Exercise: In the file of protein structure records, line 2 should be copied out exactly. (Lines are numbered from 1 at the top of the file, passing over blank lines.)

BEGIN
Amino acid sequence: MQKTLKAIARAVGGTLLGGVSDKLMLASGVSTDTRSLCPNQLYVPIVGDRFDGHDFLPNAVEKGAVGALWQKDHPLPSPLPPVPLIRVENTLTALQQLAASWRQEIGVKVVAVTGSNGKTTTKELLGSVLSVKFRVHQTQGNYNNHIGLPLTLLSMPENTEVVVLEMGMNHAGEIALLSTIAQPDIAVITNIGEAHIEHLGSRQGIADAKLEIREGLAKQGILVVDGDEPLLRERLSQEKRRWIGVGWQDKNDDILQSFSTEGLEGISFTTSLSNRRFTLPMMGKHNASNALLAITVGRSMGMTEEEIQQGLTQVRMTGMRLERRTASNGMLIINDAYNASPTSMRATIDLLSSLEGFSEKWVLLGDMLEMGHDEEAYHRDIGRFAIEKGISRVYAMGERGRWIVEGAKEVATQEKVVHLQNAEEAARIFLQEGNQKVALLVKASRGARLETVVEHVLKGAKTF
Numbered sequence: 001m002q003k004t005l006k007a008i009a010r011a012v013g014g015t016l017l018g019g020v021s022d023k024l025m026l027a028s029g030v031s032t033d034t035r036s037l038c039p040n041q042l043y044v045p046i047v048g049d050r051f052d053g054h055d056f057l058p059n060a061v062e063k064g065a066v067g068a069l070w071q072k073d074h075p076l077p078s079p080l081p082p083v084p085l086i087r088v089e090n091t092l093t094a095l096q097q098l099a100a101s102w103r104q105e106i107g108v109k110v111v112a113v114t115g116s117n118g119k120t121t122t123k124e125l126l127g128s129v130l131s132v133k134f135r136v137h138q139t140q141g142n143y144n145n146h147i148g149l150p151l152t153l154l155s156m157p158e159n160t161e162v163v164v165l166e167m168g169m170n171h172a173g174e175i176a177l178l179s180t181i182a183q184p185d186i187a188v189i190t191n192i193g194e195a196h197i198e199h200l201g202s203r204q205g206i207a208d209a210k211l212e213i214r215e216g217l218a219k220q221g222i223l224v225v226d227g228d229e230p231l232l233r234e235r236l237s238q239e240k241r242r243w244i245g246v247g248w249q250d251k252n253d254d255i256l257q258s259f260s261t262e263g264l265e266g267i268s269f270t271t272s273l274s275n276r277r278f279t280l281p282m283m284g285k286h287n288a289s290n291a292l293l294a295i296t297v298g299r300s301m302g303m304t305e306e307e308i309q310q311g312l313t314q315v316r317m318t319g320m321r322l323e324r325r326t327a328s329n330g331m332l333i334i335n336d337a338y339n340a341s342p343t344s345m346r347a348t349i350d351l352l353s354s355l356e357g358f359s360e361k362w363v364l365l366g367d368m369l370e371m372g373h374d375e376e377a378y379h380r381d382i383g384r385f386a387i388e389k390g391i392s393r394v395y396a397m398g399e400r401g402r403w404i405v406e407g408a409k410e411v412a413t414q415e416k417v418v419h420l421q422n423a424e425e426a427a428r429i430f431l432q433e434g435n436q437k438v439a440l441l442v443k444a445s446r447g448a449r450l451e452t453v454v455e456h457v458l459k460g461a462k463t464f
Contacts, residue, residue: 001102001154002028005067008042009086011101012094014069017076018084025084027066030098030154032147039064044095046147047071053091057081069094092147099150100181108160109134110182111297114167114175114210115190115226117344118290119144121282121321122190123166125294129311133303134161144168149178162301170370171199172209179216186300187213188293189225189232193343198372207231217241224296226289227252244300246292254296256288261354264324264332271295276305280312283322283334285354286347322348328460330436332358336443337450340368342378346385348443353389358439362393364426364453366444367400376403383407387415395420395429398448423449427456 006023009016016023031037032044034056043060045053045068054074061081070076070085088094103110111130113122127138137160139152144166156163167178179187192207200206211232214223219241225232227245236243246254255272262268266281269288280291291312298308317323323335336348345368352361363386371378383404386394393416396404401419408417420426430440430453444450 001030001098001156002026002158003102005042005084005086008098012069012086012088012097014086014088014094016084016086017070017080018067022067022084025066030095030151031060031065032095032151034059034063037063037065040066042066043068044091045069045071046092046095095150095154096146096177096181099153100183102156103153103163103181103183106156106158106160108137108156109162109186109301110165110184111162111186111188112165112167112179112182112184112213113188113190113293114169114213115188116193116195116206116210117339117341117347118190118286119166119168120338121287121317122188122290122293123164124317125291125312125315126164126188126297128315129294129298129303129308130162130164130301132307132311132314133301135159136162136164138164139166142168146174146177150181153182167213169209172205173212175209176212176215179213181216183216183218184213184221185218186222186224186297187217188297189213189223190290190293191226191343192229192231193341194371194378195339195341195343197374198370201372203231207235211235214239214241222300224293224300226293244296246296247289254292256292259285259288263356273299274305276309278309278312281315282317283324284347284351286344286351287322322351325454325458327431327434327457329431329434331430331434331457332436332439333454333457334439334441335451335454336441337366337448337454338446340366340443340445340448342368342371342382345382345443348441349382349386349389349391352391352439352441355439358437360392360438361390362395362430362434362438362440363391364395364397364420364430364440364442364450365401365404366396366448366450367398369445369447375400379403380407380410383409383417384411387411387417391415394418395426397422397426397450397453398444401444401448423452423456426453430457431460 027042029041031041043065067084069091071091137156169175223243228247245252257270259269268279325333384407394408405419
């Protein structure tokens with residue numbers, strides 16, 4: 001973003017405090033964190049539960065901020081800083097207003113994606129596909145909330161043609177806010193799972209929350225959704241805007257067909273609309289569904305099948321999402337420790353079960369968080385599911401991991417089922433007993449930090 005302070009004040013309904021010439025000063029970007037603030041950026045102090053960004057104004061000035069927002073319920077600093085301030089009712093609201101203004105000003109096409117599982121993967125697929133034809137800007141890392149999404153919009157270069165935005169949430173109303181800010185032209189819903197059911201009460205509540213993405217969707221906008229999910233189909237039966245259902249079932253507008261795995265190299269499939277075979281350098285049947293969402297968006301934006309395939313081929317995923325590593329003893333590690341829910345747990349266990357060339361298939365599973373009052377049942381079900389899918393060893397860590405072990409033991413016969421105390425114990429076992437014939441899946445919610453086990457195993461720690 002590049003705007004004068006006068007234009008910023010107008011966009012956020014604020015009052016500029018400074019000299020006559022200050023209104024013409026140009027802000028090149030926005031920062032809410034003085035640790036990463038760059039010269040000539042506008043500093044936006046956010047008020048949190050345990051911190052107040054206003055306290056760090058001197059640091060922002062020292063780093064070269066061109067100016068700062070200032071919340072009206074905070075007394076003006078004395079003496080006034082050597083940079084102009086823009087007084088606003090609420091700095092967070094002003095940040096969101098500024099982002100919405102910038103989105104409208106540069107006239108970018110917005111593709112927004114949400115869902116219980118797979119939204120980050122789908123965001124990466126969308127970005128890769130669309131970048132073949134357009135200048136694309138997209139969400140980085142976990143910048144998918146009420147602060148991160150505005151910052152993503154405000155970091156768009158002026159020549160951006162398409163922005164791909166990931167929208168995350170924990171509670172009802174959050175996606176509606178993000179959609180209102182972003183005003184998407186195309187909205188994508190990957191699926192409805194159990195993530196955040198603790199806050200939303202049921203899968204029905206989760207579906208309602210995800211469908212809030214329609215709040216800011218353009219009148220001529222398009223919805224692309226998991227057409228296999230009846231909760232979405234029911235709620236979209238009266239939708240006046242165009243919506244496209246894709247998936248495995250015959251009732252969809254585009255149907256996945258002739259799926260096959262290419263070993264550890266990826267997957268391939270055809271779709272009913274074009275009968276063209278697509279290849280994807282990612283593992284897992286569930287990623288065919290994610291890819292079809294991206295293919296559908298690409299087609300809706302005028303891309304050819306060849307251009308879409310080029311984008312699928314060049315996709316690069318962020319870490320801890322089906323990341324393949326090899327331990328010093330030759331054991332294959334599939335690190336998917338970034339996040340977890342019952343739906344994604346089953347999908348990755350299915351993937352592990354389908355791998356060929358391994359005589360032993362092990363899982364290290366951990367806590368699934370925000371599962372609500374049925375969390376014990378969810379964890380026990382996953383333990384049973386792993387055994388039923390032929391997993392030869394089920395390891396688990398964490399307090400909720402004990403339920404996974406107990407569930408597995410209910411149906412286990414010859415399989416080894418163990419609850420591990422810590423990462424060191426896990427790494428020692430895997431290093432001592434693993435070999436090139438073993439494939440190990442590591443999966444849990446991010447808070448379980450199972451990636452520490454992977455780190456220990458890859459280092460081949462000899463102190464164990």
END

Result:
Numbered sequence: 001m002q003k004t005l006k007a008i009a010r011a012v013g014g015t016l017l018g019g020v021s022d023k024l025m026l027a028s029g030v031s032t033d034t035r036s037l038c039p040n041q042l043y044v045p046i047v048g049d050r051f052d053g054h055d056f057l058p059n060a061v062e063k064g065a066v067g068a069l070w071q072k073d074h075p076l077p078s079p080l081p082p083v084p085l086i087r088v089e090n091t092l093t094a095l096q097q098l099a100a101s102w103r104q105e106i107g108v109k110v111v112a113v114t115g116s117n118g119k120t121t122t123k124e125l126l127g128s129v130l131s132v133k134f135r136v137h138q139t140q141g142n143y144n145n146h147i148g149l150p151l152t153l154l155s156m157p158e159n160t161e162v163v164v165l166e167m168g169m170n171h172a173g174e175i176a177l178l179s180t181i182a183q184p185d186i187a188v189i190t191n192i193g194e195a196h197i198e199h200l201g202s203r204q205g206i207a208d209a210k211l212e213i214r215e216g217l218a219k220q221g222i223l224v225v226d227g228d229e230p231l232l233r234e235r236l237s238q239e240k241r242r243w244i245g246v247g248w249q250d251k252n253d254d255i256l257q258s259f260s261t262e263g264l265e266g267i268s269f270t271t272s273l274s275n276r277r278f279t280l281p282m283m284g285k286h287n288a289s290n291a292l293l294a295i296t297v298g299r300s301m302g303m304t305e306e307e308i309q310q311g312l313t314q315v316r317m318t319g320m321r322l323e324r325r326t327a328s329n330g331m332l333i334i335n336d337a338y339n340a341s342p343t344s345m346r347a348t349i350d351l352l353s354s355l356e357g358f359s360e361k362w363v364l365l366g367d368m369l370e371m372g373h374d375e376e377a378y379h380r381d382i383g384r385f386a387i388e389k390g391i392s393r394v395y396a397m398g399e400r401g402r403w404i405v406e407g408a409k410e411v412a413t414q415e416k417v418v419h420l421q422n423a424e425e426a427a428r429i430f431l432q433e434g435n436q437k438v439a440l441l442v443k444a445s446r447g448a449r450l451e452t453v454v455e456h457v458l459k460g461a462k463t464f